Last month, Sen. Ernest “Fritz” Hollings (D-S.C.) and five other senators introduced a bill that would provide $42 billion over six years to develop new passenger lines, strengthen Amtrak and improve freight service. It would create a non-profit public-private partnership to issue $30 billion in bonds to build rail systems. Its prospects for passage next year are uncertain.

Sam Williams, president of the Metropolitan Atlanta Chamber of Commerce, came up with the idea for a regional alliance for trains. He said it represents a new approach.

“We came to the conclusion that we‘re not in competition with each other,“ he said. “Our competition is Japan, California, Frankfurt. Our economy is a Southeast regional economy. If we can get this done, it‘s going to be a rising tide for all boats in the region.“

Nevertheless, nobody expects to see high-speed trains racing across Dixie anytime soon. At best, experts say, efforts like this are incremental steps toward a network that even the most optimistic proponents say is at least five to seven years away from completion of its first leg.

Said Isakson, “I‘m not sure I’ll be alive when it‘s running.”

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Maine getting $1 million for track

About $1 million in federal money will soon be headed to a 13-mile rail line between Yarmouth and Auburn, Maine, the first step toward bringing passenger trains to the two communities.

D:F has learned Maine’s DOT wants that money to go to the St. Lawrence & Atlantic (SLR) after Amtrak reaches Brunswick via SLR-Guilford Rail Systems.

Along with millions of dollars for other Maine transportation projects, this portion would fund an analysis of a rail spur, said Ron Roy, director of the Maine Office of Passenger Transportation.

The money may also pay for some initial engineering, the Lewiston Sun Journal reported on December 6.

The tracks in question run from Yarmouth, past Pineland, through New Gloucester and into Auburn, but changes could be years away, said Roy.

Currently, Maine’s train-related goals are focused on extending passenger rail service from Portland to Brunswick. If all goes according to plan, that could be operating in 2007, Roy said, and extending service to Auburn would come later.

“This will be our first serious look,” he said.

Passenger service to Auburn and beyond has been in the works for several years. The eventual goal is to improve tracks all the way to the Canadian border, allowing someone to board a train in Portland or Auburn and take it all the way to Montreal.

“We want to make this linkage,” said Roland Miller, economic development director for the city of Auburn.

The city wants to be a travel hub, just as it has become an inland port for rail and bus freight.

An “intermodal” passenger station for trains, planes, buses and cars is planned for the south end of the Auburn-Lewiston Municipal Airport.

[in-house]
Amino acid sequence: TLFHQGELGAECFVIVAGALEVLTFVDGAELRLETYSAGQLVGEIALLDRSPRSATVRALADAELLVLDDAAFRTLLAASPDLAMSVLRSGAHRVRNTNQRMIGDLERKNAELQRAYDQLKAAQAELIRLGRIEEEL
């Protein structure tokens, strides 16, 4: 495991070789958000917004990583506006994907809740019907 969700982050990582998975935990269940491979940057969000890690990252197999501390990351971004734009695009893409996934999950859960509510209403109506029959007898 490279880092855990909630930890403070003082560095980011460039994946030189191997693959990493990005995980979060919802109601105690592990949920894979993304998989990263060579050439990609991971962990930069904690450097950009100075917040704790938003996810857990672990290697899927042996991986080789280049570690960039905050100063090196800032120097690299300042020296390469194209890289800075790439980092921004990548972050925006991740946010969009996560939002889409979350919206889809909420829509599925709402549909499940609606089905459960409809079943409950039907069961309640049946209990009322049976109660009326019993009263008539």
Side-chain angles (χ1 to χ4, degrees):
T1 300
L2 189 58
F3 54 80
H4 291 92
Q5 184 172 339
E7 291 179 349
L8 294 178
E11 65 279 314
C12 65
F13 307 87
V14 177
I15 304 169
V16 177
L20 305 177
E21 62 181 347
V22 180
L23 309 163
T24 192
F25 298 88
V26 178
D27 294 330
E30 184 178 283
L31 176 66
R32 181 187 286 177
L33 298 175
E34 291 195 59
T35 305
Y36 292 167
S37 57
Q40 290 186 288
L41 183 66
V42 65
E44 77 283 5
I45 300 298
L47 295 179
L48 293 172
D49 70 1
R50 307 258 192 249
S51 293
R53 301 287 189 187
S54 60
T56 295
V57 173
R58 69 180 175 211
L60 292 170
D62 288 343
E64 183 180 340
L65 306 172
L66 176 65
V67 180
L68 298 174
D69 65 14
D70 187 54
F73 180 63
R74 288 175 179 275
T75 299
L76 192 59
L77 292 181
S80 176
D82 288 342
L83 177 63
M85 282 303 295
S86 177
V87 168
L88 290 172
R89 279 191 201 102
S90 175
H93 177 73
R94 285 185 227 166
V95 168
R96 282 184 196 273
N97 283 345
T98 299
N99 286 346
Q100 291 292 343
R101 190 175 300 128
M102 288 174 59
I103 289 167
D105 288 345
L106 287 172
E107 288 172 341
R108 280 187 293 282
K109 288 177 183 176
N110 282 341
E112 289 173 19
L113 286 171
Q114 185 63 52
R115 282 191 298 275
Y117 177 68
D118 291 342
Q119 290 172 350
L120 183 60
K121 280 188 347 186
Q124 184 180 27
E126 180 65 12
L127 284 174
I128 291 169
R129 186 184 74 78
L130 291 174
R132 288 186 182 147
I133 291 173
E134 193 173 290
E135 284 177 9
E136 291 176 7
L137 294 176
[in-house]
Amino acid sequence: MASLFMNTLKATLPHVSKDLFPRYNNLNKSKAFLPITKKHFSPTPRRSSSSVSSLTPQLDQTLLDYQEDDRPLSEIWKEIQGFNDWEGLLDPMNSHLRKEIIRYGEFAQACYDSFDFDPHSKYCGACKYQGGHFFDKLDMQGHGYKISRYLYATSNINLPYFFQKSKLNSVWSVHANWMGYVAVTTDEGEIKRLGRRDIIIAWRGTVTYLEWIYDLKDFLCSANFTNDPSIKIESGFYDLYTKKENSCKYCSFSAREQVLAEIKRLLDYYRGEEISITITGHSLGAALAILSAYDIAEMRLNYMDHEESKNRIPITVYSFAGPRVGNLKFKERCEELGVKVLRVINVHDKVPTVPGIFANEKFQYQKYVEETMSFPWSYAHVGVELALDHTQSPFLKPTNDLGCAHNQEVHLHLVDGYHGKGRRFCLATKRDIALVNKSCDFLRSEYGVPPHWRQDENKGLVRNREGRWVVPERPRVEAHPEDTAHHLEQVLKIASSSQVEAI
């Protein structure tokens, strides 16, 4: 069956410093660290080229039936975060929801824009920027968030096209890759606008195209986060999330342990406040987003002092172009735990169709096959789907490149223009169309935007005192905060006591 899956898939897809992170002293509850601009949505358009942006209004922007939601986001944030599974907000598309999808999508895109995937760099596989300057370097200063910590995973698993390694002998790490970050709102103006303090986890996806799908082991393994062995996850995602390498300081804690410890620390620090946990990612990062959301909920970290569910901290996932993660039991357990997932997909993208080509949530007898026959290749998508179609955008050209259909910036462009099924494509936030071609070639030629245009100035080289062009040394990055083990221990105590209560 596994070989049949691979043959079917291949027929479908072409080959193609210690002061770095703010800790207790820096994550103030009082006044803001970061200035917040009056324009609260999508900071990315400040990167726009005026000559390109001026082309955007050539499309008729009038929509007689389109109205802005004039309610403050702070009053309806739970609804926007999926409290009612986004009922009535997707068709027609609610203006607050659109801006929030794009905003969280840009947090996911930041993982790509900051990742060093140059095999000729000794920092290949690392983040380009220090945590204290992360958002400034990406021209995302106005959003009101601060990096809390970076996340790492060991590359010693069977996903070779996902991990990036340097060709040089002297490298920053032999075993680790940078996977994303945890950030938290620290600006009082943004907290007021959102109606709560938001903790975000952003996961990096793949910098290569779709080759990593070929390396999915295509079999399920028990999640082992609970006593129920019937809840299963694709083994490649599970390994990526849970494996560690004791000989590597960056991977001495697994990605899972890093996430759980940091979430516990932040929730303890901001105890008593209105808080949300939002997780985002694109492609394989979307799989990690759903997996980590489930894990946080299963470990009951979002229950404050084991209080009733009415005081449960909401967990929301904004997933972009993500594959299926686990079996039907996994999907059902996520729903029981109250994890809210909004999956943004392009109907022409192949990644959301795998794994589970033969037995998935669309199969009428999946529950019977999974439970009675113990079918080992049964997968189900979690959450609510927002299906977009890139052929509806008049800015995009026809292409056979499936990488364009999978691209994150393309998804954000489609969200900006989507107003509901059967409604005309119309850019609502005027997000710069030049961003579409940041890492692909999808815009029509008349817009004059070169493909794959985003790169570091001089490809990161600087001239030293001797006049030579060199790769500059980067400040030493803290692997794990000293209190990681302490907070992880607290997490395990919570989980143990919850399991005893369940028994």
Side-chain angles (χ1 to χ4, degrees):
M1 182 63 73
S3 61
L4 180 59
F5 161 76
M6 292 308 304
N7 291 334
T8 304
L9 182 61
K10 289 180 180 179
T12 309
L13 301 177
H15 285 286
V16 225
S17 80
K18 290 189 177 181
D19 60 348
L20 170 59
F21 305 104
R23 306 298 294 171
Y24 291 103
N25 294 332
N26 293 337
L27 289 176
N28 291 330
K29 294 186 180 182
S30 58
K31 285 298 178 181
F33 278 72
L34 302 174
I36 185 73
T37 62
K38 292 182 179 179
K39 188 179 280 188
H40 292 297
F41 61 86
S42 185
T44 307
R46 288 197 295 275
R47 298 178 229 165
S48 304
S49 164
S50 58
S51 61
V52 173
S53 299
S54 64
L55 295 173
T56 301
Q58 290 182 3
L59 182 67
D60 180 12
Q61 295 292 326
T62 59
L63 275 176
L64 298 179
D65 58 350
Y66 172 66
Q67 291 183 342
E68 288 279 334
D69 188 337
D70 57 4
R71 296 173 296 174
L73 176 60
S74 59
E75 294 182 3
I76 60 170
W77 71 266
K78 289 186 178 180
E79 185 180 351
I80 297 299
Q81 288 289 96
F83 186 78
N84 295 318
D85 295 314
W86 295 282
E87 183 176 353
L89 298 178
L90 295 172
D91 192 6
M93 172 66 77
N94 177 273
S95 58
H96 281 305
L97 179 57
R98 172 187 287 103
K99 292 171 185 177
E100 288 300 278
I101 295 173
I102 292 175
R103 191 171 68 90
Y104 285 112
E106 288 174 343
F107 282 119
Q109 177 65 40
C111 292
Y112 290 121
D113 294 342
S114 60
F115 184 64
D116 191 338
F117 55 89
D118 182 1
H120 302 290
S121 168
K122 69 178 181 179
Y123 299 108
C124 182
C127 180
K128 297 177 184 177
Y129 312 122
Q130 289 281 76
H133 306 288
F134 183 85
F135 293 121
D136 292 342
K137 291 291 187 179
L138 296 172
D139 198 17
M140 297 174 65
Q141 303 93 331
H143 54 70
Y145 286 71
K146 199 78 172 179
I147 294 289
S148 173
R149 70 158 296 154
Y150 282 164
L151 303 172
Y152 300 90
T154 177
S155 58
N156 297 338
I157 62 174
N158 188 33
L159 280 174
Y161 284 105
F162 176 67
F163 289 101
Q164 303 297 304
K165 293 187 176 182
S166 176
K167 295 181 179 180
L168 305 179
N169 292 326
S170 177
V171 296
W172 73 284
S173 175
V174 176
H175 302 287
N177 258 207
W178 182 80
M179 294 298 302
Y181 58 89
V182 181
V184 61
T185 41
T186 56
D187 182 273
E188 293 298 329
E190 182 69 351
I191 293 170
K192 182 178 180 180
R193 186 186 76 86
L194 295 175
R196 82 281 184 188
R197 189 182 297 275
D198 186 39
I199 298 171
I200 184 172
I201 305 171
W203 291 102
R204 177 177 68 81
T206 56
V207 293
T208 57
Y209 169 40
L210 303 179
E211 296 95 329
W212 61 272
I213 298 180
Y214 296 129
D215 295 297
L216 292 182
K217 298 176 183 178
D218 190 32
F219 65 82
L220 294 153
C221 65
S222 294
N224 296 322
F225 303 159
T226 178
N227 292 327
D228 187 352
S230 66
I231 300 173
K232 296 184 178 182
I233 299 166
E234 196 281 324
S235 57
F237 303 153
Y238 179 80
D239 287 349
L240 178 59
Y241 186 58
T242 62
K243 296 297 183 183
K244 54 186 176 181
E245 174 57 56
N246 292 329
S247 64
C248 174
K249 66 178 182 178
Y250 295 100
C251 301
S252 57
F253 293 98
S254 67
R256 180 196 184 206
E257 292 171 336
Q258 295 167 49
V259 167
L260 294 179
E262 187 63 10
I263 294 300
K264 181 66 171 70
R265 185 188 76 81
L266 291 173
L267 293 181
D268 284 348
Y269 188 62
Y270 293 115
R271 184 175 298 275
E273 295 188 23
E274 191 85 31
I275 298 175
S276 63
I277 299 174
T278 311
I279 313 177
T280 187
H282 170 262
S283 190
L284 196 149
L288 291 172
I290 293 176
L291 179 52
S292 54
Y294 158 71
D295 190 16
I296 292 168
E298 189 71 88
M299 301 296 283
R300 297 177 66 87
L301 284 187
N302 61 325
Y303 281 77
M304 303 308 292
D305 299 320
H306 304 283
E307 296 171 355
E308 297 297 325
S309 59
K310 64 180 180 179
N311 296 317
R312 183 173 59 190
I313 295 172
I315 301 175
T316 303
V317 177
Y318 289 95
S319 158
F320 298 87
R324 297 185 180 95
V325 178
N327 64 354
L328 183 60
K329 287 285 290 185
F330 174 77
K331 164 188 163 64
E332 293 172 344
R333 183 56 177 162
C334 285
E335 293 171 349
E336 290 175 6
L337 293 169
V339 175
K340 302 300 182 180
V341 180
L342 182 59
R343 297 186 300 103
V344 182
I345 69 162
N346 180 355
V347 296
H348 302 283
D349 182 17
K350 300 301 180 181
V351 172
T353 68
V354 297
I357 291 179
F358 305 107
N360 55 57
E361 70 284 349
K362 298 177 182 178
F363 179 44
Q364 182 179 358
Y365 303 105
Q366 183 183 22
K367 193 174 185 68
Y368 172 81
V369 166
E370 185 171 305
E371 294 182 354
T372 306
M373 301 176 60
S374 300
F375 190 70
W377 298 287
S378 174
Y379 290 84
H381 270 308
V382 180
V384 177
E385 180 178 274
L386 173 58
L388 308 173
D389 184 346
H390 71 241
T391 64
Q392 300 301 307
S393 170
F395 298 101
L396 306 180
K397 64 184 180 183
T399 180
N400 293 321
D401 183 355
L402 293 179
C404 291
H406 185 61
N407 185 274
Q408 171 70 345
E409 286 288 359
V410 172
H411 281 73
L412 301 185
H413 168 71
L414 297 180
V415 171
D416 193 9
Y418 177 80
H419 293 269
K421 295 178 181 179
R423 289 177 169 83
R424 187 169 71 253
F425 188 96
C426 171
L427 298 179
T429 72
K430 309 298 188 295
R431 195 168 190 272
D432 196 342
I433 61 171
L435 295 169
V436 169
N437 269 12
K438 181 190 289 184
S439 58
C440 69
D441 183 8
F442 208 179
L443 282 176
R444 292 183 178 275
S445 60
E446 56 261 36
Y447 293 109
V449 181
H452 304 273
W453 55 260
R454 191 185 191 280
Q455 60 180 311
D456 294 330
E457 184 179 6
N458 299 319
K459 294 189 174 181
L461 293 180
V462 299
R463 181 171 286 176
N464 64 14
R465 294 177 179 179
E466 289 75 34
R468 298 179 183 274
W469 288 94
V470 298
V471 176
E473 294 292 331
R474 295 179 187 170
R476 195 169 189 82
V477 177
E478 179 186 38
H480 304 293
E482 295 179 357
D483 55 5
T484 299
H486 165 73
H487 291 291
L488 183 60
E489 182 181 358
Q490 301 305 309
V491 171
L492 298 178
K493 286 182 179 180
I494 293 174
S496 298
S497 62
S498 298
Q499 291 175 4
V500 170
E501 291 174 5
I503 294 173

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Ex-Amtrak conductors get probation

Five former Amtrak conductors were each sentenced December 9 in federal court in Albany, N.Y. to five years on probation and ordered to make restitution totaling nearly $121,000 for pocketing cash from tickets sold on trains.

One by one the five appeared before District Court Judge Lawrence E. Kahn, expressing regret, attributing the wrongdoing to such influences as alcoholism, debts, health problems or being led astray by a girlfriend. All worked out of the Albany-Rensselaer station, according to the Albany Times-Union.

The federal prosecutor agreed to sentences that avoided prison for the scheme that evolved over five years. The thefts were uncovered during a routine audit.

“I think the sentences are fair,” Assistant U.S. Attorney Tina E. Sciocchetti said. “Each of the defendants told the judge they would not be in trouble in the future. We have five years of supervision of each of them to make sure that doesn’t happen.”

Not being jailed enables them to work to pay back the passenger railway. The government will monitor the restitution payments. Audits of on-ticket sales are being conducted all over the country and others have been charged, Sciocchetti said.

The five all pleaded guilty during the summer to a single count of stealing more than $5,000 from Amtrak.

Dennis M. Hartley, 45, of Rotterdam, N.Y. was sentenced to six months of home detention in addition to probation. He was ordered to make restitution of $37,361 at the rate of $300 a month or 10 percent of his gross income, whichever is greater. He was initially charged with stealing $40,991, but turned in about $3,700 at the time of the audit.

William F. Farrell Jr., 38, of Pittsfield, Mass., on disability for a neck injury, was also given six months home detention. He was ordered to pay back $31,783 at the rate of $100 a month until April 2004 when he returns to work, and then the rate increases to $300 a month.